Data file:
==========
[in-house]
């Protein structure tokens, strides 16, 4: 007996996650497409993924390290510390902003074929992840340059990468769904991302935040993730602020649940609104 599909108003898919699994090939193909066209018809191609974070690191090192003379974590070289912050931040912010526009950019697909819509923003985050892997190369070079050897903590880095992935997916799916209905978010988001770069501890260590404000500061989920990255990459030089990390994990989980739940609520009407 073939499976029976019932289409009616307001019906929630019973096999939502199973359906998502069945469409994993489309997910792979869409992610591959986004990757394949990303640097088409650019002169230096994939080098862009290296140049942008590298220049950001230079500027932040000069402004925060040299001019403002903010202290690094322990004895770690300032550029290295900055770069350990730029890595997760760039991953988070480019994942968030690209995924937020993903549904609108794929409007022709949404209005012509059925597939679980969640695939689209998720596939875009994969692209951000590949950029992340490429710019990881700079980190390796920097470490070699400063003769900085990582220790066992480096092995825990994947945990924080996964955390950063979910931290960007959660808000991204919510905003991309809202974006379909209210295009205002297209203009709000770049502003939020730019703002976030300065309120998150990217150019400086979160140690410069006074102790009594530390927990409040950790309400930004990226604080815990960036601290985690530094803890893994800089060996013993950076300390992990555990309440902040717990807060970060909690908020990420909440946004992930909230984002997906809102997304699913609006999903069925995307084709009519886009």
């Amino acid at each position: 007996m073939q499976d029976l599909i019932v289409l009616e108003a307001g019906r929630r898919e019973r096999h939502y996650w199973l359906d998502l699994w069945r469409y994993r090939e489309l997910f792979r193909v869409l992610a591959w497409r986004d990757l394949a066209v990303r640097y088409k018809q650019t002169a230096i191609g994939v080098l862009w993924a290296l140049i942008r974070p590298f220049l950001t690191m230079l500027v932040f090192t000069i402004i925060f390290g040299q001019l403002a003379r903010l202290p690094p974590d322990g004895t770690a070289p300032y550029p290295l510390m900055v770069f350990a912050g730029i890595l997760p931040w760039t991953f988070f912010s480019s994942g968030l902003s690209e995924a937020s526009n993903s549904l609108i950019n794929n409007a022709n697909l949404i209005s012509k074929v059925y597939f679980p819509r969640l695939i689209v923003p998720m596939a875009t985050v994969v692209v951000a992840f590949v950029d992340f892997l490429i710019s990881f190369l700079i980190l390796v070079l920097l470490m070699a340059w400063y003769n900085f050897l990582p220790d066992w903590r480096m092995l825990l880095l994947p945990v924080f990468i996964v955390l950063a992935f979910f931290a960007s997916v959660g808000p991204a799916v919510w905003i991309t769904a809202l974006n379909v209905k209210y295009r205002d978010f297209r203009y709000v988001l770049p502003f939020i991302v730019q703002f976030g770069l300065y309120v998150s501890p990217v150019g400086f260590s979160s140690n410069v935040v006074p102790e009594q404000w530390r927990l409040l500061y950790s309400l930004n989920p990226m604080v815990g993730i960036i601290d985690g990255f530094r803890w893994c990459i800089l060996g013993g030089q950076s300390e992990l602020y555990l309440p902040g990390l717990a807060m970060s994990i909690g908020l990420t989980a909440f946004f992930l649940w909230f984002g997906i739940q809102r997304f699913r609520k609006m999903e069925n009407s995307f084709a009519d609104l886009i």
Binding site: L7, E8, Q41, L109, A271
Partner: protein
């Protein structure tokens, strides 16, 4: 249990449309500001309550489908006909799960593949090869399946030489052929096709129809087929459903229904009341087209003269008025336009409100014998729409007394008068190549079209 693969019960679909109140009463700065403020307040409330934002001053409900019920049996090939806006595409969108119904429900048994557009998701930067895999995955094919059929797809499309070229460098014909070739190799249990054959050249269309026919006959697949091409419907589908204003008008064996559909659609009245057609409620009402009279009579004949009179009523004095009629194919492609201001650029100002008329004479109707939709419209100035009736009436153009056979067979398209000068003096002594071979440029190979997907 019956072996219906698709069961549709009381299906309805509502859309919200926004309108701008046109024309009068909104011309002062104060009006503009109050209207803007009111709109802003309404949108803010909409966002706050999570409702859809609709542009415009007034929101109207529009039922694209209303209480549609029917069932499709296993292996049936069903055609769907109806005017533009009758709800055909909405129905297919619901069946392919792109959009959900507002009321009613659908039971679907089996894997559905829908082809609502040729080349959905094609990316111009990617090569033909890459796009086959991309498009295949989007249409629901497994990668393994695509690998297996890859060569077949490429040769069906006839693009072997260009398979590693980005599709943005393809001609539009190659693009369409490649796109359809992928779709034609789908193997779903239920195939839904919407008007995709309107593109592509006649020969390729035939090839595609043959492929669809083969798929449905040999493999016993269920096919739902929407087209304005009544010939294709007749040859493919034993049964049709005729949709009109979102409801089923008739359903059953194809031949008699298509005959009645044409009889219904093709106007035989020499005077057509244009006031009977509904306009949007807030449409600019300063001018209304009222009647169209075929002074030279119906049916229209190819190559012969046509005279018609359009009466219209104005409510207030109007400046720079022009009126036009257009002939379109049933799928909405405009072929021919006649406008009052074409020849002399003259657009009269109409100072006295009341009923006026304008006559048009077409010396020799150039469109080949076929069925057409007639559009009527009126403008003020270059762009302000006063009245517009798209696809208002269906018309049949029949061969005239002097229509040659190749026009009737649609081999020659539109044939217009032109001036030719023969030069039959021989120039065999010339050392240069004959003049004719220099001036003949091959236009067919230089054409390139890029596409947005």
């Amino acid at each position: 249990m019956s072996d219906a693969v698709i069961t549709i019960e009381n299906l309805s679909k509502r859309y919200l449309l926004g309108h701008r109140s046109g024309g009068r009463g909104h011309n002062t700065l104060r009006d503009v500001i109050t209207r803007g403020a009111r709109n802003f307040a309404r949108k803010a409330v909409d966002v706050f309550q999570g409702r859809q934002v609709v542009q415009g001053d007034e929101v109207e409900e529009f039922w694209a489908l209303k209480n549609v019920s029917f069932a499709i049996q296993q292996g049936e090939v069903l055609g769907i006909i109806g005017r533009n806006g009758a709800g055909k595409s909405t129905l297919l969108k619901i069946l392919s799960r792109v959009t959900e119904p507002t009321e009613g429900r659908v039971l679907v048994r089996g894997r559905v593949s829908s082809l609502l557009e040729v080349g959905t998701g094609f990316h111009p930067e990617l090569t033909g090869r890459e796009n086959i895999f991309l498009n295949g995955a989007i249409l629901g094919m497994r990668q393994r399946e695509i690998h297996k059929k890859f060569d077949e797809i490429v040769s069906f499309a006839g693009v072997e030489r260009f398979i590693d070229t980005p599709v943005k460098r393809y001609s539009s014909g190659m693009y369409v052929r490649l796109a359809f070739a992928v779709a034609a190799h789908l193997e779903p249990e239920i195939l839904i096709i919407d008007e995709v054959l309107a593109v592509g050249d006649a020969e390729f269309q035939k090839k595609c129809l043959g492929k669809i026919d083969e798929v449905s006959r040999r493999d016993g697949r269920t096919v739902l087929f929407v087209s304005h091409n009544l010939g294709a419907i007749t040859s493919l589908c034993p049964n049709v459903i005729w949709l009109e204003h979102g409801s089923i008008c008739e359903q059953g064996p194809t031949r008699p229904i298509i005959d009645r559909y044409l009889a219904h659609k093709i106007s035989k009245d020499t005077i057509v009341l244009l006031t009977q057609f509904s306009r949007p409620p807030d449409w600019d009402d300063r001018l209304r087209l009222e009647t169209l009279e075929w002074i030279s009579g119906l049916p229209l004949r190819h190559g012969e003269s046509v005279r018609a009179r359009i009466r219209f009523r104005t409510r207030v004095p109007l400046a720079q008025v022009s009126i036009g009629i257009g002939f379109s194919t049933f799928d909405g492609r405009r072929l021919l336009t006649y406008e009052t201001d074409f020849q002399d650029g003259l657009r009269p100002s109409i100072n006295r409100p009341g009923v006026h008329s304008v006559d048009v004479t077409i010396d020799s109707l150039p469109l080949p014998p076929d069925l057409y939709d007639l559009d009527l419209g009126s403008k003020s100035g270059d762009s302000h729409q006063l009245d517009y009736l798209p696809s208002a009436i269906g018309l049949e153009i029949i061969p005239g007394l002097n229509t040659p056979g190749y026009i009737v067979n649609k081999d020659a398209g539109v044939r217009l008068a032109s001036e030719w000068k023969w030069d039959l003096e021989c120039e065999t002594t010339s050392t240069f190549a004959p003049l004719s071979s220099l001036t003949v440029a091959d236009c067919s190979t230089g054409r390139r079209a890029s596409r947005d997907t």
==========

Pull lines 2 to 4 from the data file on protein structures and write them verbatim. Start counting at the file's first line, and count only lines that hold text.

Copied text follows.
């Protein structure tokens, strides 16, 4: 007996996650497409993924390290510390902003074929992840340059990468769904991302935040993730602020649940609104 599909108003898919699994090939193909066209018809191609974070690191090192003379974590070289912050931040912010526009950019697909819509923003985050892997190369070079050897903590880095992935997916799916209905978010988001770069501890260590404000500061989920990255990459030089990390994990989980739940609520009407 073939499976029976019932289409009616307001019906929630019973096999939502199973359906998502069945469409994993489309997910792979869409992610591959986004990757394949990303640097088409650019002169230096994939080098862009290296140049942008590298220049950001230079500027932040000069402004925060040299001019403002903010202290690094322990004895770690300032550029290295900055770069350990730029890595997760760039991953988070480019994942968030690209995924937020993903549904609108794929409007022709949404209005012509059925597939679980969640695939689209998720596939875009994969692209951000590949950029992340490429710019990881700079980190390796920097470490070699400063003769900085990582220790066992480096092995825990994947945990924080996964955390950063979910931290960007959660808000991204919510905003991309809202974006379909209210295009205002297209203009709000770049502003939020730019703002976030300065309120998150990217150019400086979160140690410069006074102790009594530390927990409040950790309400930004990226604080815990960036601290985690530094803890893994800089060996013993950076300390992990555990309440902040717990807060970060909690908020990420909440946004992930909230984002997906809102997304699913609006999903069925995307084709009519886009």
């Amino acid at each position: 007996m073939q499976d029976l599909i019932v289409l009616e108003a307001g019906r929630r898919e019973r096999h939502y996650w199973l359906d998502l699994w069945r469409y994993r090939e489309l997910f792979r193909v869409l992610a591959w497409r986004d990757l394949a066209v990303r640097y088409k018809q650019t002169a230096i191609g994939v080098l862009w993924a290296l140049i942008r974070p590298f220049l950001t690191m230079l500027v932040f090192t000069i402004i925060f390290g040299q001019l403002a003379r903010l202290p690094p974590d322990g004895t770690a070289p300032y550029p290295l510390m900055v770069f350990a912050g730029i890595l997760p931040w760039t991953f988070f912010s480019s994942g968030l902003s690209e995924a937020s526009n993903s549904l609108i950019n794929n409007a022709n697909l949404i209005s012509k074929v059925y597939f679980p819509r969640l695939i689209v923003p998720m596939a875009t985050v994969v692209v951000a992840f590949v950029d992340f892997l490429i710019s990881f190369l700079i980190l390796v070079l920097l470490m070699a340059w400063y003769n900085f050897l990582p220790d066992w903590r480096m092995l825990l880095l994947p945990v924080f990468i996964v955390l950063a992935f979910f931290a960007s997916v959660g808000p991204a799916v919510w905003i991309t769904a809202l974006n379909v209905k209210y295009r205002d978010f297209r203009y709000v988001l770049p502003f939020i991302v730019q703002f976030g770069l300065y309120v998150s501890p990217v150019g400086f260590s979160s140690n410069v935040v006074p102790e009594q404000w530390r927990l409040l500061y950790s309400l930004n989920p990226m604080v815990g993730i960036i601290d985690g990255f530094r803890w893994c990459i800089l060996g013993g030089q950076s300390e992990l602020y555990l309440p902040g990390l717990a807060m970060s994990i909690g908020l990420t989980a909440f946004f992930l649940w909230f984002g997906i739940q809102r997304f699913r609520k609006m999903e069925n009407s995307f084709a009519d609104l886009i």
Binding site: L7, E8, Q41, L109, A271